The reality is that the Federal Reserve is taking bad debt from the banking industry and giving itself huge sums of cash, since it still holds all the loot. It’s profit taking time in New York City. Perhaps this is the money to pay for all those Ameros that the U.S. just sent to China to pay for their earthquake rebuilding project, but that’s only conspiracy talk. ~ E. Manning

November 13, 2008

Bush Continues to Drag Heals on Change

Today at the Manhattan institute in New York City, the home of Wall Street, George Bush defended the nation’s free enterprise system of business as the cure for the global financial crisis rather than the cause. “Government intervention is not a cure-all,” a hint that he is not going to sway to pressure for what he clearly sees as restrictive rules while the majority of world leaders see a new protective financial architecture that will save the world. The change is all about power.

george-bush-2008“Our aim should not be more government, it should be smarter government.” President Bush is clearly trying to straddle the fence on the financial crisis. He sees governments share the blame while advocating tougher accounting rules and updated processes. It would seem that George Bush wants the world to remain the same. At the very least, he is doing a good job pretending.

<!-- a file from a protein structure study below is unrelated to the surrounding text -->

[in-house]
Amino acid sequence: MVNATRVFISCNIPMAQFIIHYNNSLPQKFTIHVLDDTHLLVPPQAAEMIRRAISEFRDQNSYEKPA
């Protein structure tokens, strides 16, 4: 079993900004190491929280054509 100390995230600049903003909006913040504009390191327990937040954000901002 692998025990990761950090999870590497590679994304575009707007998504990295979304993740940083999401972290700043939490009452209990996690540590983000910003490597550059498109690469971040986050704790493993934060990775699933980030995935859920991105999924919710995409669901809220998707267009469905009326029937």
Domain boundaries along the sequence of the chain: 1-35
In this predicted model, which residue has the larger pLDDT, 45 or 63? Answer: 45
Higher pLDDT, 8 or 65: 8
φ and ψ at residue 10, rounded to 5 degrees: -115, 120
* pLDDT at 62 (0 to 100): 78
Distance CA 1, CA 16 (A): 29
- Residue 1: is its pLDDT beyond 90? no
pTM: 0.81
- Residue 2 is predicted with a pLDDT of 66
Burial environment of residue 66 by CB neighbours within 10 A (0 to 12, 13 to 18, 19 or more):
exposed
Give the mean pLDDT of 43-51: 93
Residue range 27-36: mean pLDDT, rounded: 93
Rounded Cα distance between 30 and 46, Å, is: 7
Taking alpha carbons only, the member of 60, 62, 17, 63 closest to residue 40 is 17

“In the wake of the financial crisis, voices from the left and right are equating the free enterprise system with greed, exploitation and failure.” George Bush has it right. The world and much of the nation’s smaller businesses see that having allowing the takeover of the nation’s and much of globe’s financial fortunes has led to the failure that he indicated. Few people are damning all business, just the kinds of businesses that ruled the economic engine and insured the future for billions.